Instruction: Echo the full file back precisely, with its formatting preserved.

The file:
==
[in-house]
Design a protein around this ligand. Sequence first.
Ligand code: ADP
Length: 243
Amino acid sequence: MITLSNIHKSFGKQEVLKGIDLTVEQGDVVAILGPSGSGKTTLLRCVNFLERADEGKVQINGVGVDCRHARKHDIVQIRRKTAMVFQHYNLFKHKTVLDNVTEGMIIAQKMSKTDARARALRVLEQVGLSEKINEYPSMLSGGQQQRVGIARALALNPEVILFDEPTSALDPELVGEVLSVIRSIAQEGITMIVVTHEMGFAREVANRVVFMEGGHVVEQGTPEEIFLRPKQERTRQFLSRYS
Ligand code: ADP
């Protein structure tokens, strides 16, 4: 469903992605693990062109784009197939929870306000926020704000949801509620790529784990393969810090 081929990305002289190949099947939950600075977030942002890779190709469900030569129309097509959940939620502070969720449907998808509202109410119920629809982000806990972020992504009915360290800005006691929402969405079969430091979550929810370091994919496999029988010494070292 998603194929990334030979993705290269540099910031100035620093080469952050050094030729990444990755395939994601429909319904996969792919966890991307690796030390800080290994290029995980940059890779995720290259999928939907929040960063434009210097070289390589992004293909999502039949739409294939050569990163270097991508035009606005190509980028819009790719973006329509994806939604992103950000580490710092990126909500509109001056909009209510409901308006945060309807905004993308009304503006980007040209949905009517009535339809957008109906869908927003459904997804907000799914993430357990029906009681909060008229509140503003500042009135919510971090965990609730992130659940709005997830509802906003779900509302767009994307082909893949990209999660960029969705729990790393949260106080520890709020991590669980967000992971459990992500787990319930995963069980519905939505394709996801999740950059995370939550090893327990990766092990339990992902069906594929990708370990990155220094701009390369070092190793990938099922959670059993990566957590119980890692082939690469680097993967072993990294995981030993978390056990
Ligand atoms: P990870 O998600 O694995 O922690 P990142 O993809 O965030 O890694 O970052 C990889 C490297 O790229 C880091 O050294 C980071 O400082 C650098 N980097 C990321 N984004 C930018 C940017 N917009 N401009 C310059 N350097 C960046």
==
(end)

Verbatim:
[in-house]
Design a protein around this ligand. Sequence first.
Ligand code: ADP
Length: 243
Amino acid sequence: MITLSNIHKSFGKQEVLKGIDLTVEQGDVVAILGPSGSGKTTLLRCVNFLERADEGKVQINGVGVDCRHARKHDIVQIRRKTAMVFQHYNLFKHKTVLDNVTEGMIIAQKMSKTDARARALRVLEQVGLSEKINEYPSMLSGGQQQRVGIARALALNPEVILFDEPTSALDPELVGEVLSVIRSIAQEGITMIVVTHEMGFAREVANRVVFMEGGHVVEQGTPEEIFLRPKQERTRQFLSRYS
Ligand code: ADP
């Protein structure tokens, strides 16, 4: 469903992605693990062109784009197939929870306000926020704000949801509620790529784990393969810090 081929990305002289190949099947939950600075977030942002890779190709469900030569129309097509959940939620502070969720449907998808509202109410119920629809982000806990972020992504009915360290800005006691929402969405079969430091979550929810370091994919496999029988010494070292 998603194929990334030979993705290269540099910031100035620093080469952050050094030729990444990755395939994601429909319904996969792919966890991307690796030390800080290994290029995980940059890779995720290259999928939907929040960063434009210097070289390589992004293909999502039949739409294939050569990163270097991508035009606005190509980028819009790719973006329509994806939604992103950000580490710092990126909500509109001056909009209510409901308006945060309807905004993308009304503006980007040209949905009517009535339809957008109906869908927003459904997804907000799914993430357990029906009681909060008229509140503003500042009135919510971090965990609730992130659940709005997830509802906003779900509302767009994307082909893949990209999660960029969705729990790393949260106080520890709020991590669980967000992971459990992500787990319930995963069980519905939505394709996801999740950059995370939550090893327990990766092990339990992902069906594929990708370990990155220094701009390369070092190793990938099922959670059993990566957590119980890692082939690469680097993967072993990294995981030993978390056990
Ligand atoms: P990870 O998600 O694995 O922690 P990142 O993809 O965030 O890694 O970052 C990889 C490297 O790229 C880091 O050294 C980071 O400082 C650098 N980097 C990321 N984004 C930018 C940017 N917009 N401009 C310059 N350097 C960046």